\item Otherwise try 1- or 2-period ``punishment" states (punishments for deviations don't have to be symmetric across players)
\item SPNE in infinitely repeated games can include public coordination devices, different strategies for even vs. odd rounds, etc.
\end{itemize}
\smallskip
\end{mdframed}
\bigskip
%Relating Concepts
\chapter*{Appendix}
\thispagestyle{fancy}
\chaptermark{Appendix} \bigskip
%Relating Solution Concepts
\section*{Relating Solution Concepts}\medskip
\textbf{Rationalizable Actions:} The broadest solution concept. For each player, there is a set of actions that is rationalizable. Rationalizability allows for correlated strategy beliefs, but does not require correct beliefs. \bigskip \bigskip
\textbf{Nash Equilibria (NE):} A refinement of rationalizable actions, further assuming each player has correct beliefs about what the other player will do. NE are mixed strategy profiles, made up of rationalizable actions by all players, where no player has an incentive to deviate. NE and its refinements do not allow for correlated strategies. \bigskip \bigskip
\textbf{Subgame Perfect Nash Equilibria (SPNE):} A subset of NE for extensive form games. SPNE assumes that all players will play optimally at every information set in a game.\bigskip \bigskip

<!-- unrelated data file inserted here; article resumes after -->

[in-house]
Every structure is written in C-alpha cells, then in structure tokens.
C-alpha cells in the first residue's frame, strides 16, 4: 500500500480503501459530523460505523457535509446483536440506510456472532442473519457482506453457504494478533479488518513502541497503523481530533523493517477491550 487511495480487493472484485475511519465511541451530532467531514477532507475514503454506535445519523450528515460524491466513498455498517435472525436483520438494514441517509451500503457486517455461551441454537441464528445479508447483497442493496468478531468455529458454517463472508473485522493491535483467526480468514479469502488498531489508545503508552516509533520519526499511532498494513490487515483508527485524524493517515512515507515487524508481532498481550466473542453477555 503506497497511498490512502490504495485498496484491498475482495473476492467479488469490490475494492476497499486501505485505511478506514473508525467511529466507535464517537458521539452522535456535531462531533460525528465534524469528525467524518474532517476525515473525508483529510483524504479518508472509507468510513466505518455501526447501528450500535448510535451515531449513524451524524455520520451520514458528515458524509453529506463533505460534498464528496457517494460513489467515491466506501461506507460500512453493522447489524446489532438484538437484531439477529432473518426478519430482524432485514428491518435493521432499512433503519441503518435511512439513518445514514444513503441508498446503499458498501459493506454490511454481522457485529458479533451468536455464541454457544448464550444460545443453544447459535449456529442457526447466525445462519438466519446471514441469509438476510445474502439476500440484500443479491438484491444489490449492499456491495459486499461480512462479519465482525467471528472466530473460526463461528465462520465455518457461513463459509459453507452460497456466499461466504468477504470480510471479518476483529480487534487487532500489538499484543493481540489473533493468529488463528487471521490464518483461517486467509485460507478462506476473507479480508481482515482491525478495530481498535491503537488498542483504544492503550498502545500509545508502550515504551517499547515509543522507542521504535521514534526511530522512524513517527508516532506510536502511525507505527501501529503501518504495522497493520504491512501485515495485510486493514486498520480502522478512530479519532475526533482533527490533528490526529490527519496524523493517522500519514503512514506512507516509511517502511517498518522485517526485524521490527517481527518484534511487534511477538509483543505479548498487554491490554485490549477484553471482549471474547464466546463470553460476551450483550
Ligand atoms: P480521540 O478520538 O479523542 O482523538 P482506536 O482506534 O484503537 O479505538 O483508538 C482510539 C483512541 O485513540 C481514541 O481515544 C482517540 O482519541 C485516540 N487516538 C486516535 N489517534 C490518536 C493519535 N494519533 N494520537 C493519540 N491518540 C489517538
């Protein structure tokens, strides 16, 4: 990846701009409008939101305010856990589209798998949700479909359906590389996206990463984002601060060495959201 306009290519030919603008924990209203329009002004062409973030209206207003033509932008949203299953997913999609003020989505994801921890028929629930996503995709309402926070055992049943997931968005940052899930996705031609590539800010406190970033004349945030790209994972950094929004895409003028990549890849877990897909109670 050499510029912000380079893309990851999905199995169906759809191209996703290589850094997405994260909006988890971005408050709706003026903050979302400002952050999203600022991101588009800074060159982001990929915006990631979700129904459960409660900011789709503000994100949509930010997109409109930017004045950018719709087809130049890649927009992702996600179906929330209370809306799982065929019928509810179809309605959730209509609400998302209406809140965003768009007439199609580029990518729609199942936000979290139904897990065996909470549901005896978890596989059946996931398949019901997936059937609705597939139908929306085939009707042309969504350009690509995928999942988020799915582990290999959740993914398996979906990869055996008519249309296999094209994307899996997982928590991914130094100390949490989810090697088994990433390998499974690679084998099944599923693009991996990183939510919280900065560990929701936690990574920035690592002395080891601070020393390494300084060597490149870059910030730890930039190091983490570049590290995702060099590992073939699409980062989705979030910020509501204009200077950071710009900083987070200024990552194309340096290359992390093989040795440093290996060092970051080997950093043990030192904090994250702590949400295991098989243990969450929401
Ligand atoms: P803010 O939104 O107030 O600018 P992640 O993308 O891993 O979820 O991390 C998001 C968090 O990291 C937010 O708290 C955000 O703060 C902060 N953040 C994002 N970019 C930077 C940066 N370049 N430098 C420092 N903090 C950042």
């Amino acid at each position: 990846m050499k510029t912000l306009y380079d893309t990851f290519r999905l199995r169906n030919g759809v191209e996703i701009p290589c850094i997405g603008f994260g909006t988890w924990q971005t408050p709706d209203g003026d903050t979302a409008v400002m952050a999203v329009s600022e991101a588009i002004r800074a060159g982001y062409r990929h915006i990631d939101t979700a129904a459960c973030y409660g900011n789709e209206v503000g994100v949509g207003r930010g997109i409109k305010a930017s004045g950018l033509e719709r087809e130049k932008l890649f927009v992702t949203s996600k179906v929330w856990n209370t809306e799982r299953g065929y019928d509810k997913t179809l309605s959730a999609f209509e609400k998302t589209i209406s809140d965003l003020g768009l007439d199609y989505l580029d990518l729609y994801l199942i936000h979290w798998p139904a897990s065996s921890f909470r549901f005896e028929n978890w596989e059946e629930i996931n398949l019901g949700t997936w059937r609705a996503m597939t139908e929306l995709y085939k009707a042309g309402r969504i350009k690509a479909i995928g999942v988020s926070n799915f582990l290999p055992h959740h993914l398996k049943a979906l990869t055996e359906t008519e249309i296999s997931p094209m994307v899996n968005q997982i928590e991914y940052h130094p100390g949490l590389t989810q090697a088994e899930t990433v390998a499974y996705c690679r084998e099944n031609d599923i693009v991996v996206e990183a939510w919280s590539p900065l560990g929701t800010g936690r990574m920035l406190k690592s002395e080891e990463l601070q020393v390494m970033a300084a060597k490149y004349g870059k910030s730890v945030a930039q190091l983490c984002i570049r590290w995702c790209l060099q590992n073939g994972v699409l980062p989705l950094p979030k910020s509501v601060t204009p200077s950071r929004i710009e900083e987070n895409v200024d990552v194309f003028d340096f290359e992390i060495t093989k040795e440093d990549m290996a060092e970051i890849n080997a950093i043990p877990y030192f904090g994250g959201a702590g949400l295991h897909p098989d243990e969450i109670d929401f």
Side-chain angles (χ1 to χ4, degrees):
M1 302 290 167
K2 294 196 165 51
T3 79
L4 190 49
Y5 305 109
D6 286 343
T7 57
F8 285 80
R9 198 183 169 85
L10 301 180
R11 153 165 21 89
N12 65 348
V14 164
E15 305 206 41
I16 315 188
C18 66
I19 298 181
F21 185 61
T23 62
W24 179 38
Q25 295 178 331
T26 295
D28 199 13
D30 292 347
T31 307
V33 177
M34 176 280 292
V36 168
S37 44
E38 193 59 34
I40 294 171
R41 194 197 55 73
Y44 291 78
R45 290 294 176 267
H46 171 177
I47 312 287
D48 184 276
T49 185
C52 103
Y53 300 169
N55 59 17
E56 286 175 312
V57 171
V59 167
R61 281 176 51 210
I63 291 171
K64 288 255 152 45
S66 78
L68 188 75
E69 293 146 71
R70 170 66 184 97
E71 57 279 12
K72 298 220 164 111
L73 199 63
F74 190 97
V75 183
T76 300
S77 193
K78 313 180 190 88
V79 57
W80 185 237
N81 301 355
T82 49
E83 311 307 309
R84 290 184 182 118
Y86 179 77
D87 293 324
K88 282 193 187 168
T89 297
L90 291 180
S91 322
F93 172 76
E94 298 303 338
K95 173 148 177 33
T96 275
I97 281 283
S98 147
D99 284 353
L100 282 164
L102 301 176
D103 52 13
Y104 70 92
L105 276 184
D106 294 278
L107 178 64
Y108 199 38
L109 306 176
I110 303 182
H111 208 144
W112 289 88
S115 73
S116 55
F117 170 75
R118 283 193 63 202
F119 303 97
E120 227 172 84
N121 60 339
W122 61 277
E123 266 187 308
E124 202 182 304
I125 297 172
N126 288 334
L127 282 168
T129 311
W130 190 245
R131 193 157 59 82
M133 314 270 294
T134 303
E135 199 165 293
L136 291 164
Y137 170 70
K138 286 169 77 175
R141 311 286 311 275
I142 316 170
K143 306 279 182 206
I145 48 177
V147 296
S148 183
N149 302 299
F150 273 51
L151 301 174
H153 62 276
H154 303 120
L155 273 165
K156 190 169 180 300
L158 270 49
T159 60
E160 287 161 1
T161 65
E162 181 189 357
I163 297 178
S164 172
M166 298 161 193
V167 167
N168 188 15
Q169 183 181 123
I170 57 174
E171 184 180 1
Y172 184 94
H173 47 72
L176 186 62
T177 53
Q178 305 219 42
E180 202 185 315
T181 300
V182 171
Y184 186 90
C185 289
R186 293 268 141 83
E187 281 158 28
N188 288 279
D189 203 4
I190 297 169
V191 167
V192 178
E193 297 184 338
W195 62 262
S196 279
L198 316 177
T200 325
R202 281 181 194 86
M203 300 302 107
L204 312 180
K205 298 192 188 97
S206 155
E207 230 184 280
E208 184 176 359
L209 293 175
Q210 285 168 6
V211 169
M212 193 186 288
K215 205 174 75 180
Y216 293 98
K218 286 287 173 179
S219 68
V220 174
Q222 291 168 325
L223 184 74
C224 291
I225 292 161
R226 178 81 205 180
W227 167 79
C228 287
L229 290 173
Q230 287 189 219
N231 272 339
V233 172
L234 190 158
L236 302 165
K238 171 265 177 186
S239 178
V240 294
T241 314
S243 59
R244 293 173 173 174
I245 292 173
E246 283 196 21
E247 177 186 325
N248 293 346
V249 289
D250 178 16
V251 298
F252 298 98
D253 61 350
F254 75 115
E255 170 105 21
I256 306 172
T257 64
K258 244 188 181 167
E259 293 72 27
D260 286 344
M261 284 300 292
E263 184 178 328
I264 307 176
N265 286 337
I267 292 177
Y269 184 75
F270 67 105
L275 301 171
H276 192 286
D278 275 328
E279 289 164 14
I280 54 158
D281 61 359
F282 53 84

\textbf{Trembling Hand Perfect Equilibria (THPE):} A subset of NE for normal form games. THPE assumes that there is a possibility of slight mistakes in a player's beliefs about what the other players will do. \bigskip \bigskip
\textbf{SPNE and THPE:} Are two different solution concepts. The THPE of a game may be a subset of the SPNE, or the SPNE may be a subset of the THPE. \bigskip \bigskip
\textbf{$\boldsymbol{\varepsilon}$-Equilibria ($\boldsymbol{\varepsilon}$-E):} $\varepsilon$-equilibrium relaxes the best response assumption, such that one or more players can have a strictly positive but arbitrarily close to 0 incentive to deviate. $\varepsilon$-E is an expansion of NE in an attempt to better reflect behavior in actual games. \bigskip \bigskip
\textbf{Correlated Equilibrium (CE):} NE and its refinements use mixed strategy profiles, which we have assumed are independent randomizations. CE allows for players to use strategies such that they jointly randomize over action profiles. CE requires correct beliefs, but allows correlated strategies. A NE (pure or mixed) is always a CE.\bigskip \bigskip
\textbf{Evolutionary Stable Strategies:} A subset of NE when modeling situations in which the players' actions are determined by the forces of evolution. \bigskip \bigskip
\textbf{Bayesian Nash Equilibrium (BNE):} The equivalent of NE in games of incomplete information that have been transformed into games with complete but imperfect information. Similar to NE, BNE do not place any restrictions on strategies off of the equilibrium path (can include things like non-credible threats). \bigskip \bigskip